British Journal of Clinical Psychology

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Volume 35 Issue 1 (February 1996), Pages 1-162

Aversive stimulation by staff and violence by psychiatric patients (pages 11-20)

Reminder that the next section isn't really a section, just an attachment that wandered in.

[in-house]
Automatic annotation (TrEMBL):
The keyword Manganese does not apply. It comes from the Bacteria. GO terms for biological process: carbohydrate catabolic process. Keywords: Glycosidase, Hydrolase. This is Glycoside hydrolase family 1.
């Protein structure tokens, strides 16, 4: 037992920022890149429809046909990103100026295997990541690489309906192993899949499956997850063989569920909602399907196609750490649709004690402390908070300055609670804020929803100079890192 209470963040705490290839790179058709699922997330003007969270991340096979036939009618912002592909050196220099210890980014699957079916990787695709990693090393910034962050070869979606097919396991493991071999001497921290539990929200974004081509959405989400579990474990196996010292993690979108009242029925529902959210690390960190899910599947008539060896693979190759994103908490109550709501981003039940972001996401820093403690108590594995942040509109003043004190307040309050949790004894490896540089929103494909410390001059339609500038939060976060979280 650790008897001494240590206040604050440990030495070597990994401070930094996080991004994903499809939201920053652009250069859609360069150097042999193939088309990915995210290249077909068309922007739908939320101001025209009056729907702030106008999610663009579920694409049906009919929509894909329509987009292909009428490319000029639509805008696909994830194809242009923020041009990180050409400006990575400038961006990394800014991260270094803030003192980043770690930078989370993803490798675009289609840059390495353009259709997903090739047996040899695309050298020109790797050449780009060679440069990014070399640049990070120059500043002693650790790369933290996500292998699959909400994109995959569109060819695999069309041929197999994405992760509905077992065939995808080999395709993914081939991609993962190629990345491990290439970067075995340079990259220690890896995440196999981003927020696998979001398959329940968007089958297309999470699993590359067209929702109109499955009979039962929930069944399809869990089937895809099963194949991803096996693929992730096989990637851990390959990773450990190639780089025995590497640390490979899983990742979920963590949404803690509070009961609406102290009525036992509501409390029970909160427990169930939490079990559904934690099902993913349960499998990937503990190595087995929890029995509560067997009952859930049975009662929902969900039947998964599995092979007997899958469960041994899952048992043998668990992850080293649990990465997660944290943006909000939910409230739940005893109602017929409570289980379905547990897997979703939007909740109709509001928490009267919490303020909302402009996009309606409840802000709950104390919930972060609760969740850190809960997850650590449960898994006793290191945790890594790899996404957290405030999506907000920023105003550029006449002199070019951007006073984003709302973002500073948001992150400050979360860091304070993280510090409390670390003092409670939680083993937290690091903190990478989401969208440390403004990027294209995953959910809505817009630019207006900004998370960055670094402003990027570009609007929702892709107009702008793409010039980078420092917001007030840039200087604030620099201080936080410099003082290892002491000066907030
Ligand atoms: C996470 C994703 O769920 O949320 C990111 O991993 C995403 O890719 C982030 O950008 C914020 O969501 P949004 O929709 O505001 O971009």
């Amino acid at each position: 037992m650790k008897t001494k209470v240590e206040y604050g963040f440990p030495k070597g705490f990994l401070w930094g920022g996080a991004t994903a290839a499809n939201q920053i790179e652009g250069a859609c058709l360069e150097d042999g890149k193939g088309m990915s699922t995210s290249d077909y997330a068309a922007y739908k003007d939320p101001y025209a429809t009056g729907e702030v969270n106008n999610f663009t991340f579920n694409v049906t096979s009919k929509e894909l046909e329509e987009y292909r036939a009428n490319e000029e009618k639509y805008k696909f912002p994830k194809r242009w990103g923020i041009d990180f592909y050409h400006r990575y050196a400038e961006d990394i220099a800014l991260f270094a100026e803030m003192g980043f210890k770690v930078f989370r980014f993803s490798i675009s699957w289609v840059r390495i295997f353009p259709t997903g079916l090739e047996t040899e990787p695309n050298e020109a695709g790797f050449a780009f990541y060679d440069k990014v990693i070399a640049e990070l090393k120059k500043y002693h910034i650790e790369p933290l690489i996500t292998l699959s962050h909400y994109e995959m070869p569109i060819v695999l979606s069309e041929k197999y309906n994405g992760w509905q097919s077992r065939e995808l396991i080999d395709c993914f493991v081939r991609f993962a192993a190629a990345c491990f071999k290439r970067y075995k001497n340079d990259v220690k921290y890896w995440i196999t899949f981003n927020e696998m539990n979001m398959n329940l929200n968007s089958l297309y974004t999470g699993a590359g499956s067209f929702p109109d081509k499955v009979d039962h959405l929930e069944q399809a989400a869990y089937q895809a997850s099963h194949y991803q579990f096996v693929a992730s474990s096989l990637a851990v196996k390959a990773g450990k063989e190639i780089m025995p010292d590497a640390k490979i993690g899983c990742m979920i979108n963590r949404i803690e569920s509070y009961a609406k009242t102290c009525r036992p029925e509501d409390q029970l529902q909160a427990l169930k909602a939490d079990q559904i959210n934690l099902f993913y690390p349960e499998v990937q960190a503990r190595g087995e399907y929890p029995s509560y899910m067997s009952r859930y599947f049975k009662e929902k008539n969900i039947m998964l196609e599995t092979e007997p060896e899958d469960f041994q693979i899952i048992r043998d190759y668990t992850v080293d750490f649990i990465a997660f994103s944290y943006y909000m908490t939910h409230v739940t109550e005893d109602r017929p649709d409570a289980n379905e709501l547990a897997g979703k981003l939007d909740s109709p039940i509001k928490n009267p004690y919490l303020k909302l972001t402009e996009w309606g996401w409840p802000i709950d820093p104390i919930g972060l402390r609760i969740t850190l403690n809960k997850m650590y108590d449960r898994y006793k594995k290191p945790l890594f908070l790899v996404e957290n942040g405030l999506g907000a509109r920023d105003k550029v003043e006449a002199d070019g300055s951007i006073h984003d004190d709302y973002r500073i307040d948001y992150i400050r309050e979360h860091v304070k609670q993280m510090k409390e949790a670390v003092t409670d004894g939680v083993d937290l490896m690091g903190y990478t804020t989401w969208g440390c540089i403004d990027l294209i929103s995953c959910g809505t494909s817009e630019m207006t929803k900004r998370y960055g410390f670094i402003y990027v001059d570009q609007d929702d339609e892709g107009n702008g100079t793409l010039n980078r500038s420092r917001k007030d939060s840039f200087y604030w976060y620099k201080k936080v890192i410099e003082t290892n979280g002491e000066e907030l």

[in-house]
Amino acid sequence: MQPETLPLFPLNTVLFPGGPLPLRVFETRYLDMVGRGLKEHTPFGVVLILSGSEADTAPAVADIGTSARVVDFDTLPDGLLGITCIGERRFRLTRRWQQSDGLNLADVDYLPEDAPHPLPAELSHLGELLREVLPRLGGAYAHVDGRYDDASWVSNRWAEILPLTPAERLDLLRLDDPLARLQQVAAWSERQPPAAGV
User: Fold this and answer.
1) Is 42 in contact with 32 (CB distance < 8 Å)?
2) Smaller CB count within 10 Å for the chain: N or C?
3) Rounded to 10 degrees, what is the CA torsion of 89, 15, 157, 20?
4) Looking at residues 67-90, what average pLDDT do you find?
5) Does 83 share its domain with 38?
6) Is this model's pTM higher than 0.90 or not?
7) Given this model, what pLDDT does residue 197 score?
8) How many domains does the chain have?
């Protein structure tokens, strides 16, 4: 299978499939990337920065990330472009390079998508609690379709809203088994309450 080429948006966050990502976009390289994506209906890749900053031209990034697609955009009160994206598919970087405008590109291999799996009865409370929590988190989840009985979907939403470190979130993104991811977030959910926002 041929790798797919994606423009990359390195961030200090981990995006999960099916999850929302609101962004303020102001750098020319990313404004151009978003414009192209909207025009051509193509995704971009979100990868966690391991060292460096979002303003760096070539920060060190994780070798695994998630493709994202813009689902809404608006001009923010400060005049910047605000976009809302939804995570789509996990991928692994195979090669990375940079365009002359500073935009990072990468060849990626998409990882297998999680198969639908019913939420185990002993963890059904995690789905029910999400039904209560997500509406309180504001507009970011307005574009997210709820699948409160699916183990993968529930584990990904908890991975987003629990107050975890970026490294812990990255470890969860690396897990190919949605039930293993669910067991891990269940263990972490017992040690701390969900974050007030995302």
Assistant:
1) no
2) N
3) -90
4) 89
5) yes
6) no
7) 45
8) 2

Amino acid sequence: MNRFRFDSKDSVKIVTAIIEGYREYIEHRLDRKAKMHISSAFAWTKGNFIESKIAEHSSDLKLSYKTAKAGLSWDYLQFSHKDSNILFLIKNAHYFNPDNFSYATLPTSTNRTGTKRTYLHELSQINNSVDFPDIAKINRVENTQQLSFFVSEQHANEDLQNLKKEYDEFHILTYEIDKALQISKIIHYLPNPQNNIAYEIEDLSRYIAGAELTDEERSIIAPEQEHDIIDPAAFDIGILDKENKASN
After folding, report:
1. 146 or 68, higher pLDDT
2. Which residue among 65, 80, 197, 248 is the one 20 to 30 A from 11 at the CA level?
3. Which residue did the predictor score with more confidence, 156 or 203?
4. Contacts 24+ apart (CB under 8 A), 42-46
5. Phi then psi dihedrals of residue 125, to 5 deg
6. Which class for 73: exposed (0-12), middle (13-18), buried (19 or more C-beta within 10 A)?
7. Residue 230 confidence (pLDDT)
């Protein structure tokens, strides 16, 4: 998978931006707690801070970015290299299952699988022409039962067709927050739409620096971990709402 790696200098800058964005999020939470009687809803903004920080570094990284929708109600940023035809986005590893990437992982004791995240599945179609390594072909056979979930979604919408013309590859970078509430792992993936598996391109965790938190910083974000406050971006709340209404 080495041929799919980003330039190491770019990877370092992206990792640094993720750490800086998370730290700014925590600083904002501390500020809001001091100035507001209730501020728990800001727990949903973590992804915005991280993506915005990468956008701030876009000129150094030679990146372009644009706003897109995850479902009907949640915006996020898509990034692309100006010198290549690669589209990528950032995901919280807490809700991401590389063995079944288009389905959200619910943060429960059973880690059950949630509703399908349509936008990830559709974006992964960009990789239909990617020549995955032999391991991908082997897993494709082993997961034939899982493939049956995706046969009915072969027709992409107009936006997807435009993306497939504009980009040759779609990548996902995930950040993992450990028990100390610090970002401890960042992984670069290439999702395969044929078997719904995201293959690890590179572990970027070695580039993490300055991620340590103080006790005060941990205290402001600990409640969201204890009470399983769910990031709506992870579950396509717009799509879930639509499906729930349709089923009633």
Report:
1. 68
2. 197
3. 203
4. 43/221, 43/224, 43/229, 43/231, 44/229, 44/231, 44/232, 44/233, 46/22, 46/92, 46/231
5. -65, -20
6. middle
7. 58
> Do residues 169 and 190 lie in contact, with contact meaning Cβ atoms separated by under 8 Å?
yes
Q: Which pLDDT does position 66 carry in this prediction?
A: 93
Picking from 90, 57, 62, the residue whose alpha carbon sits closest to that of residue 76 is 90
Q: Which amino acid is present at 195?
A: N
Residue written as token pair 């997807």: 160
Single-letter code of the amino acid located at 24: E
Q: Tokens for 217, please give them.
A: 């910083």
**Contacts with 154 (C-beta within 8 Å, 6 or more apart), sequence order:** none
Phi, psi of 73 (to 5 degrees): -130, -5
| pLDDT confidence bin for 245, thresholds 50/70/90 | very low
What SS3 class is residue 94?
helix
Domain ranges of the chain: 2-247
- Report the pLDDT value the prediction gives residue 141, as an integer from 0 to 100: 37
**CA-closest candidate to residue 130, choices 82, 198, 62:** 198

This study investigated the frequency with which violence by psychiatric in‐patients was preceded by aversive interpersonal stimulation. The precursors of 63 assaults by psychiatric patients on nurses were studied using semi‐structured interviews conducted within 72 hours of the assault. Reliability data were collected from staff witnesses and assaultive patients in a subgroup of assaults. Eighty‐six per cent of the assaults were immediately preceded by the assaulted nurse having delivered an aversive stimulus to the patient, e.g. frustration, activity demand or physical contact. There were significant associations between diagnosis and the type of aversive stimulation which preceded assaults. Interpersonal factors and diagnosis therefore seem to play a significant role in most violence in psychiatric hospitals and only a minority of patients behave aggressively in the absence of aversive stimulation. An explanation of the link between psychosis and aggressive behaviour in terms of distorted social cognition is discussed.

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